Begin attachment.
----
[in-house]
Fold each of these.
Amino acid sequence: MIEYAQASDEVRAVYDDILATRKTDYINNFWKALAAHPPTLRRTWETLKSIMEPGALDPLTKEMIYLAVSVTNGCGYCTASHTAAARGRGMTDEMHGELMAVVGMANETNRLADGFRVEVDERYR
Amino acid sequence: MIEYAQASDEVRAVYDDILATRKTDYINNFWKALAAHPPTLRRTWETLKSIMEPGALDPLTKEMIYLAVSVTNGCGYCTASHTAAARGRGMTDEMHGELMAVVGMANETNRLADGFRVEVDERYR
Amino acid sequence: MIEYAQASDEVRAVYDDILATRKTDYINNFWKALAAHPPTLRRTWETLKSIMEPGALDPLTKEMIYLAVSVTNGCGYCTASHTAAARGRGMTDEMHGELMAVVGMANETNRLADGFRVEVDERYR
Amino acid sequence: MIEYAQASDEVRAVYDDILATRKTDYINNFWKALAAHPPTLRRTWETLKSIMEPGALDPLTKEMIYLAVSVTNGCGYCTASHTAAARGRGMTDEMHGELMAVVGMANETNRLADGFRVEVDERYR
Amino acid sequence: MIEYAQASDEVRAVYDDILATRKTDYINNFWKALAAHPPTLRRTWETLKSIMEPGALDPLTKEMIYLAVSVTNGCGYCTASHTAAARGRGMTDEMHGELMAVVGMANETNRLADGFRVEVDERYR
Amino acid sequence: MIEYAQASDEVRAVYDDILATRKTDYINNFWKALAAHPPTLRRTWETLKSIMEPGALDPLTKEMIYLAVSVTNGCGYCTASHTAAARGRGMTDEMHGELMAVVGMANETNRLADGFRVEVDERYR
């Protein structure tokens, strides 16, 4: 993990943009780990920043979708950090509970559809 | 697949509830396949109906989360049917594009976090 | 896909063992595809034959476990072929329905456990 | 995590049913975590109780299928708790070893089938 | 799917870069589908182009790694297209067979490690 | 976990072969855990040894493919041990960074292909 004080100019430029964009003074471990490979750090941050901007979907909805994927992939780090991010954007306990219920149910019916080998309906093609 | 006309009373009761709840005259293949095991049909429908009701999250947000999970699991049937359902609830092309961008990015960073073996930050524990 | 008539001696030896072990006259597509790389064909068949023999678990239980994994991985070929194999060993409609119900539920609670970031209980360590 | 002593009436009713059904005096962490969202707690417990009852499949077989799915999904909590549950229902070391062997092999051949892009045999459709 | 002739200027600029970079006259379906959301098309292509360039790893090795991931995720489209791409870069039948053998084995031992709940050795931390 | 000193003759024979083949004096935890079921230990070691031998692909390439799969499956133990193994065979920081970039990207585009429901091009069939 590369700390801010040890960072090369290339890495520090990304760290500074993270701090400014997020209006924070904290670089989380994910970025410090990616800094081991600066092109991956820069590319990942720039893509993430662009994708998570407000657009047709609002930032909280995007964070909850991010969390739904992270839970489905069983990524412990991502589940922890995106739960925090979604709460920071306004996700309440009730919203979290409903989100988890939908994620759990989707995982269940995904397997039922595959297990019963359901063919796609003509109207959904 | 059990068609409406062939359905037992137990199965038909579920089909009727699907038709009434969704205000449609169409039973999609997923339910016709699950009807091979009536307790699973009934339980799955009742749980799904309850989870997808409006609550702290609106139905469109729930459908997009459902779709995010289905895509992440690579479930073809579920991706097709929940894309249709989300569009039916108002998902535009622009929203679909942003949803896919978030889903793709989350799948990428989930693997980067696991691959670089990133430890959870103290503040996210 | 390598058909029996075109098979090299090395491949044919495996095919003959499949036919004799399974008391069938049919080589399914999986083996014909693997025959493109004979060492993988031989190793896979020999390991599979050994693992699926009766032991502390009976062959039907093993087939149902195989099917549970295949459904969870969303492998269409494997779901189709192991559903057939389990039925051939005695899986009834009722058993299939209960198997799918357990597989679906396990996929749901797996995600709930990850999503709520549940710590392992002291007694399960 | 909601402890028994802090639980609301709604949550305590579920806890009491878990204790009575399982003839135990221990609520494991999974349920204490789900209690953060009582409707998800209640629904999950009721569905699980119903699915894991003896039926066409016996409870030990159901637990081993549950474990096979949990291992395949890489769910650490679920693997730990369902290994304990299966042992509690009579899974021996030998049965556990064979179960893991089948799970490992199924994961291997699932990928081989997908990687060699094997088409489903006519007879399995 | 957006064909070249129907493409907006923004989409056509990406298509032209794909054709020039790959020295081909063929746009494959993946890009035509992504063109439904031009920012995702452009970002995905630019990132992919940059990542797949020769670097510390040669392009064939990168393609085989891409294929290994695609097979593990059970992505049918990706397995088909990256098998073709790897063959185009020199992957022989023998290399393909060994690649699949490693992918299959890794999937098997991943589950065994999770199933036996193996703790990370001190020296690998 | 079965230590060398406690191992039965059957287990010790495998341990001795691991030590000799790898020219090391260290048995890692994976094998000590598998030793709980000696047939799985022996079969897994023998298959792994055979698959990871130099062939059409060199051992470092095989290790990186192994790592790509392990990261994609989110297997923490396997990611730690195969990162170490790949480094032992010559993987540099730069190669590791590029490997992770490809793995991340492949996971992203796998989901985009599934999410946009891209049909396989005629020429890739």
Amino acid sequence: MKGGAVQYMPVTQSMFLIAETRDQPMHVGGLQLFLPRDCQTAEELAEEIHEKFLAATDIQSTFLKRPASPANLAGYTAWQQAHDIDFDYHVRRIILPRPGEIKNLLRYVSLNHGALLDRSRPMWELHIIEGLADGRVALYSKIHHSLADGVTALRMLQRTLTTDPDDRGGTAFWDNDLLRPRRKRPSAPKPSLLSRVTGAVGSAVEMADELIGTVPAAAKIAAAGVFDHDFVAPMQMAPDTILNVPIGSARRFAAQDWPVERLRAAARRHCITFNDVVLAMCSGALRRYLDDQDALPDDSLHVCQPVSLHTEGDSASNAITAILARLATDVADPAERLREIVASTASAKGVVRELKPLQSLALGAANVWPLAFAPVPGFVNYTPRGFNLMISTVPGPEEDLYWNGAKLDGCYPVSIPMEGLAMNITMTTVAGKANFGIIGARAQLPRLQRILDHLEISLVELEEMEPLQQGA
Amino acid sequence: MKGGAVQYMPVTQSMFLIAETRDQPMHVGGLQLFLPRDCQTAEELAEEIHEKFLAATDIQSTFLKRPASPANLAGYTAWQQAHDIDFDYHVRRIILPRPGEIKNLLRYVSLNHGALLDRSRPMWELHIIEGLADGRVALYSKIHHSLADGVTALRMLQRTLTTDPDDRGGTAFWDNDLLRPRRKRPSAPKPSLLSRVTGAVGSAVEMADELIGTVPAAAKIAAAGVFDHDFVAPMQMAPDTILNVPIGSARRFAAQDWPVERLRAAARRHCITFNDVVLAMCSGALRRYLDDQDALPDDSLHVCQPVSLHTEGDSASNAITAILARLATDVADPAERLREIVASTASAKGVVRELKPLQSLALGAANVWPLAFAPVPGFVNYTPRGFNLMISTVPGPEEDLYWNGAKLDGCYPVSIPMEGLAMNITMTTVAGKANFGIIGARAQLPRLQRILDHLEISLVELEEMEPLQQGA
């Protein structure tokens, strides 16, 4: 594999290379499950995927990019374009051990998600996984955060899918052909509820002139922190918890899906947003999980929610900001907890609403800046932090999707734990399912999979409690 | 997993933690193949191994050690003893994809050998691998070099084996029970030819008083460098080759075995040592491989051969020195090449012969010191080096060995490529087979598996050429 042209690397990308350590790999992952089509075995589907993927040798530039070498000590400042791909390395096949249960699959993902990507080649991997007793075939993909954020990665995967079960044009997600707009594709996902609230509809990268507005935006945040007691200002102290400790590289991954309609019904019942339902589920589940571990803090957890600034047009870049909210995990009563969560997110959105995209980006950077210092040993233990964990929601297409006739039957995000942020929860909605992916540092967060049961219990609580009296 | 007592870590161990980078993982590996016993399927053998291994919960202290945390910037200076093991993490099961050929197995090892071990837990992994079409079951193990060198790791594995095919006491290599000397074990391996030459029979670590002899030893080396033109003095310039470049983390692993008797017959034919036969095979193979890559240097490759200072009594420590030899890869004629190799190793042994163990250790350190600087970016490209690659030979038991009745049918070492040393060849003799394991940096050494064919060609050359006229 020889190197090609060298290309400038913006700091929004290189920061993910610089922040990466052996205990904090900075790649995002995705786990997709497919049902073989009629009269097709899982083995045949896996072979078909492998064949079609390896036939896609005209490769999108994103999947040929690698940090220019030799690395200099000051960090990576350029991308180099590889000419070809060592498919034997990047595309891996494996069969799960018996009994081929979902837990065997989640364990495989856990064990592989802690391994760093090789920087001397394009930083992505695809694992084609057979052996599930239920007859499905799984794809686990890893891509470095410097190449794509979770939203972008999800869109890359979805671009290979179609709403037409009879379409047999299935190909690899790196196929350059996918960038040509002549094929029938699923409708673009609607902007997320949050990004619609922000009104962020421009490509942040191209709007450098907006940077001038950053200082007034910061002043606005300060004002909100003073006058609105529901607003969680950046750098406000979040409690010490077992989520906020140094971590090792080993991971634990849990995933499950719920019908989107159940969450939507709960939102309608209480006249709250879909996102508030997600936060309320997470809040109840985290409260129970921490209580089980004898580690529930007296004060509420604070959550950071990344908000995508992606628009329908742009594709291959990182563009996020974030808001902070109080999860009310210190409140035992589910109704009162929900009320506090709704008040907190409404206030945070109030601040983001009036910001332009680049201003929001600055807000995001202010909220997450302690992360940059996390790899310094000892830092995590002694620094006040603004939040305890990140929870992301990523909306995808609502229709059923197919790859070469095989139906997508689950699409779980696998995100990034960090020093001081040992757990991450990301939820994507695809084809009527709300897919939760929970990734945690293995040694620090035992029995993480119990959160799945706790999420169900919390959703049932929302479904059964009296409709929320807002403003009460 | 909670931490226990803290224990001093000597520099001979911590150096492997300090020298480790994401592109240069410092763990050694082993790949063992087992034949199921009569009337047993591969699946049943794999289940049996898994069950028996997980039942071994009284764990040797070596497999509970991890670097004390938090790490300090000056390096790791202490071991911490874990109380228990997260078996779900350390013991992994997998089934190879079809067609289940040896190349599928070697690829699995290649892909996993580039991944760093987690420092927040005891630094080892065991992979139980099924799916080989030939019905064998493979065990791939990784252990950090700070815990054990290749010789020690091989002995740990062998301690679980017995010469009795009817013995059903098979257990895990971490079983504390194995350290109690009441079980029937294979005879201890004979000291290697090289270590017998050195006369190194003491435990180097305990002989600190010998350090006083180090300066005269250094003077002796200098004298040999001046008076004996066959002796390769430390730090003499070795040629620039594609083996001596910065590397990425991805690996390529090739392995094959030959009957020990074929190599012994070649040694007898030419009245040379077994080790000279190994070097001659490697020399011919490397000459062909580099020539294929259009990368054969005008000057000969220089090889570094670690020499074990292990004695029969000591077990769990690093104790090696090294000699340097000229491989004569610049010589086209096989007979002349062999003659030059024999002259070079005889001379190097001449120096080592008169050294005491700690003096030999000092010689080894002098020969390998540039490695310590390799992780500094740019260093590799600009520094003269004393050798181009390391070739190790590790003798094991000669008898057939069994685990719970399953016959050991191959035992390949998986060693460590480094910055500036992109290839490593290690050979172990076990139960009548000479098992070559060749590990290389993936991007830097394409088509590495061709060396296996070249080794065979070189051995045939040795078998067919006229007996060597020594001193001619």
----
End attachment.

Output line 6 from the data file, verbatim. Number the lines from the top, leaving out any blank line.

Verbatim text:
Amino acid sequence: MIEYAQASDEVRAVYDDILATRKTDYINNFWKALAAHPPTLRRTWETLKSIMEPGALDPLTKEMIYLAVSVTNGCGYCTASHTAAARGRGMTDEMHGELMAVVGMANETNRLADGFRVEVDERYR